The agriculture sector topped the list among sectors in the Greenhouse gases (GHG) emissions in the 2009 report of the National Environment Commission (NEC).  Emission of methane from manure and nitro oxides from the application of inorganic fertilizers appeared to be the main sources of GHG. These emission figures have not changed significantly as reported in the Third National Communication Report to the UNFCCC by NEC in 2020, except an additional emission contribution from urea fertilizer applications. 

Perhaps it is time to engage relevant national research institutes to study and update these emission figures including small farmers contribution in carbon sequestration or GHG emissions. 

Farmers in many parts of the country remove weeds manually and leave it in between growing crops or on the bunds of cultivated fields. These weeds compete with the crops for plant nutrients, soil moisture and sunlight during the growing season. The dried weeds are either burnt or ploughed back into the soil in the coming season. For instance, the dryland farmers of Shingkhar-Lauri gewog of Samdrupjongkhar plough dried weeds into soil to increase soil organic matter. The farmers of Lumang gewog of Trashigang burn these weeds and maize stubbles to eradicate sources of pests and diseases. Farmers along the southern foothills mostly keep their farmlands fallow after the harvest of paddy crop. They allow cattle to tether and the remaining paddy stubbles are either burnt or ploughed back into soil before the rainy season. Farmers in west Bhutan use farmyard manure (FYM) as the main source of plant nutrients. After the harvest of the main crop, they keep land fallow or grow a second crop depending on the soil fertility status. Soil organic matter reduces erosion risks, improves water-holding capacity/fertility, and a strong carbon sink.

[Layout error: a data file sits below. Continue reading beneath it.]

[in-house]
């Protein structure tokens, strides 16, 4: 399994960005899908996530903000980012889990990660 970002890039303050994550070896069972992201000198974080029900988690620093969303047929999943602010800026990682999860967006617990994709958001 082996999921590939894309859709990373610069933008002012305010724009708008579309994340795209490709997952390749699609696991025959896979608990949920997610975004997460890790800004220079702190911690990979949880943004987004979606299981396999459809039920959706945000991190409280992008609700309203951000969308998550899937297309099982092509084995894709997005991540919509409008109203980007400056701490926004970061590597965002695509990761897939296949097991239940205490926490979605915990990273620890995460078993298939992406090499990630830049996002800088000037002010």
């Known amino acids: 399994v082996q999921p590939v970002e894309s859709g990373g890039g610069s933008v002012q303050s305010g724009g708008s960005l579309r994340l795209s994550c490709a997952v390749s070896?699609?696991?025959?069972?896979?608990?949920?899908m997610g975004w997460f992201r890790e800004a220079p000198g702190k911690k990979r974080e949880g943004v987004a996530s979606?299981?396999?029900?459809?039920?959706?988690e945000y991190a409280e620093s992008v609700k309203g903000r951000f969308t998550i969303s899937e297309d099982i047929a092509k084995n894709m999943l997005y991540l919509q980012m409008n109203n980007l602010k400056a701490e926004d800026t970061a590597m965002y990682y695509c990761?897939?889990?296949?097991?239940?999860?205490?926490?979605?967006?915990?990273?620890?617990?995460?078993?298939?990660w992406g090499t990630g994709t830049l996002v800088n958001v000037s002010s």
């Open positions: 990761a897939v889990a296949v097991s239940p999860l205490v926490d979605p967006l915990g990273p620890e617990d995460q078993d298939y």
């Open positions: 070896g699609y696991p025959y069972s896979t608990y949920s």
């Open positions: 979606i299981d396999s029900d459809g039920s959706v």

Cattle manures are mixed with forest litter and crop residues to produce FYM. When FYM matures, it is applied to the cultivated fields at the rate ranging from 3 to 7 tons per hectare. The methane emission from such traditional manure management system is unlikely since manures are not in a slurry form like in the developed countries. In some farming communities, farmers produce slurries by collecting manure and urine in a chamber. The methane generated from this chamber is used for cooking and heating as a substitute for fuel energy derived either from burning wood or fossil fuels. 

Emission of methane from the paddy fields is also unlikely or minimal in these mountainous farming landscapes. The paddy crops remain submerged on irrigated fields for a period of 2 to 3.5 months in a year, and the water temperature during the growing period remains below 20 C on average while optimum temperature for microbes to produce methane is reported to be around 27 C. 

The country introduced inorganic fertilizers to supplement traditional soil fertility management practices in the early 1960s. These fertilizers were first demonstrated on government farms and research stations by integrating with locally available organic resources like FYM and other crop residues. Since the release of plant nutrients from organic residues is slow, it is essential to supplement crops with the inorganic fertilizers that are known to release nutrients immediately in presence of soil moisture.